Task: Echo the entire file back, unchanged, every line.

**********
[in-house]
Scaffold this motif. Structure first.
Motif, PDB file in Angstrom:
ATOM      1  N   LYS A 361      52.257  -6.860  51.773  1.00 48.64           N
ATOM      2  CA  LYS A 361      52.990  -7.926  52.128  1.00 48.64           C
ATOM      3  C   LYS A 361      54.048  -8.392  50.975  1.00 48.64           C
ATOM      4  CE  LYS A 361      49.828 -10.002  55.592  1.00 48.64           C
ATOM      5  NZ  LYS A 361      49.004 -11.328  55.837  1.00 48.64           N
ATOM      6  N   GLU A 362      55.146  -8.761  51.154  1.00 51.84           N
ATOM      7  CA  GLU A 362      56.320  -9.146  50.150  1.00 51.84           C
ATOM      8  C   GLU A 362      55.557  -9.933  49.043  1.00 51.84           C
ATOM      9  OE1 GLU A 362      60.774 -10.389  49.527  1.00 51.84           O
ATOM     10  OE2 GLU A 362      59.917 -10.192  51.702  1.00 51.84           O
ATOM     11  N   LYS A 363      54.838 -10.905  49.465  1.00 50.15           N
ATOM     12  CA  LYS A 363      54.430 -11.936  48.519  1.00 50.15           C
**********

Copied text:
[in-house]
Scaffold this motif. Structure first.
Motif, PDB file in Angstrom:
ATOM      1  N   LYS A 361      52.257  -6.860  51.773  1.00 48.64           N
ATOM      2  CA  LYS A 361      52.990  -7.926  52.128  1.00 48.64           C
ATOM      3  C   LYS A 361      54.048  -8.392  50.975  1.00 48.64           C
ATOM      4  CE  LYS A 361      49.828 -10.002  55.592  1.00 48.64           C
ATOM      5  NZ  LYS A 361      49.004 -11.328  55.837  1.00 48.64           N
ATOM      6  N   GLU A 362      55.146  -8.761  51.154  1.00 51.84           N
ATOM      7  CA  GLU A 362      56.320  -9.146  50.150  1.00 51.84           C
ATOM      8  C   GLU A 362      55.557  -9.933  49.043  1.00 51.84           C
ATOM      9  OE1 GLU A 362      60.774 -10.389  49.527  1.00 51.84           O
ATOM     10  OE2 GLU A 362      59.917 -10.192  51.702  1.00 51.84           O
ATOM     11  N   LYS A 363      54.838 -10.905  49.465  1.00 50.15           N
ATOM     12  CA  LYS A 363      54.430 -11.936  48.519  1.00 50.15           C